But Chris Gardner, director of the Eastport Port Authority, remembers it differently. Another company was selected to bring sanitized wood chips to that port and work now is moving forward on exporting the product to Europe, Gardner said this week.
“Eastport had talked with Mr. House,” Gardner said. “Ultimately, it didn’t seem to be a fit that would work with Eastport. If he’s able to do something, we know that our friends at the port of Searsport will take good care of him. We wish him no ill will.”
In the last few years, House also has tried unsuccessfully to develop a couple of major projects in Belfast, including on the portion of the waterfront that since has become the Front Street Shipyard. He had an option to purchase the property from former owners Belfast Bridge LLC, according to Belfast City Planner Wayne Marshall.
“He had a concept of how he’d like to redevelop the property,” Marshall said Wednesday. “He worked to make that concept become a reality. But it never rose to the level of coming before the city to make a formal application.”
House did get municipal approval for another project in 2009 — to construct four duplexes on Stephenson Lane in Belfast, Marshall said. Although House did start to build two of the units, ultimately construction stopped when his funding fell through, Marshall said, and the original mortgage holder took the partially completed units back.
“Today, it’s just unused property,” the city planner said.
House said the waterfront project in Belfast ended because the city chose Front Street Shipyard instead. But the housing project failed because of the recession, “when nobody was investing in anything that had to do with real estate. Nobody. In the worst time in the world.”
According to his online resume, House has many years of experience in construction management and development in Maine, Florida and Haiti, with the projects he has worked on totaling $2.5 billion. But his success seemed unclear.
House is proud of the year and a half he spent working on a $1.5 billion plan to help reconstruct and redevelop Haiti after the devastating 2010 earthquake. But Robert Barr, an agriculture expert from Pennsylvania who worked with House, said that corruption in Haiti and a problem with obtaining funding put the brakes on the plan.
“It was a very ambitious plan, to build some new villages and provide housing,” Barr said Friday. “The plan never was implemented. That’s probably why you can’t find anything on it.”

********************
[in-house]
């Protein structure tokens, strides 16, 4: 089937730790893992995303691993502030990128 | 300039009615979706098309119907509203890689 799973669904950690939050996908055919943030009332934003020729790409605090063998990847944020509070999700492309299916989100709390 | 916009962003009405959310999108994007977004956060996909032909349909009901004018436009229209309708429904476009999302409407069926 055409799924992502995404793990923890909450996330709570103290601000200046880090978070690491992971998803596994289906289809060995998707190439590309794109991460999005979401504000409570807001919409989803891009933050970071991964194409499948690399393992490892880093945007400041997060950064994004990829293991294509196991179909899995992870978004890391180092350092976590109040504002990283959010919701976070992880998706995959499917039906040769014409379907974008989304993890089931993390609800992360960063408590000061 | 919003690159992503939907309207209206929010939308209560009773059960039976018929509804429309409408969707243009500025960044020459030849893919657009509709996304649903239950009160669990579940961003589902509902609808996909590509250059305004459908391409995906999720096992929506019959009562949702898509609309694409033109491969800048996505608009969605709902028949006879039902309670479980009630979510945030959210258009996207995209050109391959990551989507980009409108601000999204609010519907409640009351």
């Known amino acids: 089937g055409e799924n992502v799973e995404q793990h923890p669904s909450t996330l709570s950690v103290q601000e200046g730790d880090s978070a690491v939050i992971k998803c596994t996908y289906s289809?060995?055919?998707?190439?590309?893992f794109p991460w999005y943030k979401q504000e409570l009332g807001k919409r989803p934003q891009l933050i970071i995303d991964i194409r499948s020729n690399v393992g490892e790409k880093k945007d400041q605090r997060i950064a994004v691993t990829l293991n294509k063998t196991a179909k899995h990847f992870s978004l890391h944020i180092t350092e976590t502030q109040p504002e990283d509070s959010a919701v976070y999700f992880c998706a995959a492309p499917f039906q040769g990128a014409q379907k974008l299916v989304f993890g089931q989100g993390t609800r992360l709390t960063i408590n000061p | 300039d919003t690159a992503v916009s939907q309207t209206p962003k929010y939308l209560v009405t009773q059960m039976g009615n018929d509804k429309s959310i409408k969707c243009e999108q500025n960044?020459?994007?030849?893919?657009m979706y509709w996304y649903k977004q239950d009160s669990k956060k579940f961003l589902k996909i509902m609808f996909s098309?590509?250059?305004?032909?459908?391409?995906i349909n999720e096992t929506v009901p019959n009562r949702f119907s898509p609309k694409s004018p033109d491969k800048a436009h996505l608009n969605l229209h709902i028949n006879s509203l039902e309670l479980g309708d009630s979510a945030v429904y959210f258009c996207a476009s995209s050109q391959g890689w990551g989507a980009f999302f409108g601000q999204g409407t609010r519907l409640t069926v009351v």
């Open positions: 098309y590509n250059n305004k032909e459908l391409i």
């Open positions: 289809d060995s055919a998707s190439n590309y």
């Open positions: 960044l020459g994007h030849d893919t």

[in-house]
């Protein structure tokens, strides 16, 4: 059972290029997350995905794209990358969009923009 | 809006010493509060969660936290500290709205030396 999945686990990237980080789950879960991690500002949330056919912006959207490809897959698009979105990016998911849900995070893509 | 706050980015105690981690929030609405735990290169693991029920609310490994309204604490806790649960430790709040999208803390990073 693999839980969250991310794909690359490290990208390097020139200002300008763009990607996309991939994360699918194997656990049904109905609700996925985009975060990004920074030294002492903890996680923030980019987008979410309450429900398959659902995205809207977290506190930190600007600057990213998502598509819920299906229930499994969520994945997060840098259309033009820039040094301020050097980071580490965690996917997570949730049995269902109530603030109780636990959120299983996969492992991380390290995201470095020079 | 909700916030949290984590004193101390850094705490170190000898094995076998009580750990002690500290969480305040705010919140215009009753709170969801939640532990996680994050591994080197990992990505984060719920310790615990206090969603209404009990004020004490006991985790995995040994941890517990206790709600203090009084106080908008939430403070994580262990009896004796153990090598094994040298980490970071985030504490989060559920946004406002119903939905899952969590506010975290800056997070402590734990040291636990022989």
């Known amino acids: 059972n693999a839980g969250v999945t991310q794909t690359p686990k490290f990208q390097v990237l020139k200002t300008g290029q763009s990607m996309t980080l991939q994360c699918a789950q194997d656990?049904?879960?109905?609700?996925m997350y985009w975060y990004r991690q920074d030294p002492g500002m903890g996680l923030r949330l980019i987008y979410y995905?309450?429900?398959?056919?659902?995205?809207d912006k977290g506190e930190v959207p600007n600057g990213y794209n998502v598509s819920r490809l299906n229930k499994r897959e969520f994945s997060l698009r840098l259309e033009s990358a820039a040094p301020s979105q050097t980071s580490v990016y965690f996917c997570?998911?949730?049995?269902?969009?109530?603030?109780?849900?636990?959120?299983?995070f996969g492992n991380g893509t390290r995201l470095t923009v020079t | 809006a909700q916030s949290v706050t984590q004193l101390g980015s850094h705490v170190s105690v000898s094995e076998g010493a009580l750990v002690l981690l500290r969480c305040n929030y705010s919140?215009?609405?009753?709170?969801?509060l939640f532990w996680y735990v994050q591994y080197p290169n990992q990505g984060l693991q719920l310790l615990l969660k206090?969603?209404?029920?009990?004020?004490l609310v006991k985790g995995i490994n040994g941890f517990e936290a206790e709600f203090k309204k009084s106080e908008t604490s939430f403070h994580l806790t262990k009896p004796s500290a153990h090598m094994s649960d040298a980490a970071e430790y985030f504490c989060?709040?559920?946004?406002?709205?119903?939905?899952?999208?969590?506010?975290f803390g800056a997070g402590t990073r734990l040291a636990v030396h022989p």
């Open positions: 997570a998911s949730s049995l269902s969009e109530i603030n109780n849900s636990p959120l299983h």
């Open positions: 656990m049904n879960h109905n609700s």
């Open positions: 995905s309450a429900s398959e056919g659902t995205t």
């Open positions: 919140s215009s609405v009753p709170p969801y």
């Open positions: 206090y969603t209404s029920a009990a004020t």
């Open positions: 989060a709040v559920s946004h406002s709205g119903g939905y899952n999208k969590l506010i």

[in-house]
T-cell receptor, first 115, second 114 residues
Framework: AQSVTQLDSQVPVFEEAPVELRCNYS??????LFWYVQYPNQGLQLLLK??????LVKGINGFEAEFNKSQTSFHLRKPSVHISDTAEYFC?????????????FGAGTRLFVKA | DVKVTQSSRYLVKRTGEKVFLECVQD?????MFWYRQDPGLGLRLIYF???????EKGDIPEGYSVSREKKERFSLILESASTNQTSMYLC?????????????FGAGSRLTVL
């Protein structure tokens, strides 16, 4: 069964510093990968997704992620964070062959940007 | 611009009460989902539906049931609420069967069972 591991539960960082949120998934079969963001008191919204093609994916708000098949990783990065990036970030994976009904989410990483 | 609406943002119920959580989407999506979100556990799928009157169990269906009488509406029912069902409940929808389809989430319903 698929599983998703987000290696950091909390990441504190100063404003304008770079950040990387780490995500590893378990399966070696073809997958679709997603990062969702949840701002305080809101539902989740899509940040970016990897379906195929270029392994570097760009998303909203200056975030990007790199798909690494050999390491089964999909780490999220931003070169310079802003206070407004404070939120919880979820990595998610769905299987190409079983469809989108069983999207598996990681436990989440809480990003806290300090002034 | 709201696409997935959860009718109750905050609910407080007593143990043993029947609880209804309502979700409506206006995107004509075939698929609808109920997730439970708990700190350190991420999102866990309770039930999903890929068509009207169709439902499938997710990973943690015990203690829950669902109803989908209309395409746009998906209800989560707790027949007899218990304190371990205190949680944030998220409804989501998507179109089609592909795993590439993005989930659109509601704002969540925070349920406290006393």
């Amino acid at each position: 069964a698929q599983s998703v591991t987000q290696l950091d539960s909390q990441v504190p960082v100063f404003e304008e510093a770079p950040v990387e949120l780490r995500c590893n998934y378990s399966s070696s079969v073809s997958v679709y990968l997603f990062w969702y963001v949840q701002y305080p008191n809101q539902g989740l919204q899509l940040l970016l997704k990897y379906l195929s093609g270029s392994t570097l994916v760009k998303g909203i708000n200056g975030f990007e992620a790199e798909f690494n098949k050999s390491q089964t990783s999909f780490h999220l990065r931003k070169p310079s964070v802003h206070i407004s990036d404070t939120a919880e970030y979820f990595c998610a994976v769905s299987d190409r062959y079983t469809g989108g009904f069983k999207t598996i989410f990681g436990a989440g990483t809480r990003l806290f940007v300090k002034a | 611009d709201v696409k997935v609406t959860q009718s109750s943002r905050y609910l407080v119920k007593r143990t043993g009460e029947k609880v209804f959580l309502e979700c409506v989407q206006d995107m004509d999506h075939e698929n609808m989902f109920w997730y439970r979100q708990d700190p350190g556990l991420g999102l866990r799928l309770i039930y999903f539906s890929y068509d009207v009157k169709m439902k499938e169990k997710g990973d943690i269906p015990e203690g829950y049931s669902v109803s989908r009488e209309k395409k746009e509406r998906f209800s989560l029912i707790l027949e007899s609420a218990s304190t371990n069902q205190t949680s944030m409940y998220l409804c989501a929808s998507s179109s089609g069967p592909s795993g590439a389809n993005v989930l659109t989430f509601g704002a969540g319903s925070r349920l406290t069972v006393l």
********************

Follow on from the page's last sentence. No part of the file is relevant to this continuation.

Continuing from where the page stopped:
Dorothy Walker of West Palm Beach, Florida, spoke positively about House on Friday. He worked with her on a housing development project in Belle Glade, Florida.
Although the project wasn’t built, she said, House did a great job on helping with its conception.
“He did an excellent job for us,” she said.
According to the Palm Beach Post, however, that project — Abidjan Estates — was in foreclosure in 2011 and $2.4 million in debt. Walker, an attorney, also was permanently banned from practicing law in Florida for her work in connection with the project.
Another Florida developer, Michael Buono of Stuart, said that he hired House as a consultant on a $75 million, pre-2008 Vero Beach housing project that was successful. But another project they worked on together, a condominium in Panama City Beach, didn’t work out.
“He’s got a lot of experience. We’d work with him again,” Buono said of House.
Prospect residents present at the meeting said their community definitely could use jobs and economic development. Some did ask the developer questions about the timeline, the environmental impact, the noise and more, but after the meeting was over, many said they were hopeful that the project might lead to work.
“Getting jobs in Prospect is good news. New jobs are hard to come by,” Cliff Alley said.
Selectman Heather Boynton said she would welcome the possibility of having more work in her town.
“With [the Bucksport] mill closing, there’s a large number of people being put out of work now,” Boynton said.
But others said they remain skeptical, including high school English teacher Kathleen Jenkins.
“There’s a lot of unanswered questions,” she said. “I’m remaining open-minded — but a lot of the answers were vague.”
Richard Harriman, who retired from the paper industry, said he has questions about the speedy timeline of House’s plan, especially given the number of state, local and federal permits that will have to be obtained before building such a large facility.
“We worked years on our permits,” Harriman said. “I’m optimistic, too — but then there’s reality.”
Regardless of those concerns, House’s project is speeding ahead.
He has invited loggers and foresters to Union Hall in Searsport on Tuesday, Jan. 6, to meet some of the European and Turkish buyers he said he has lined up to purchase the heat-treated wood chips that will be produced at his proposed plant.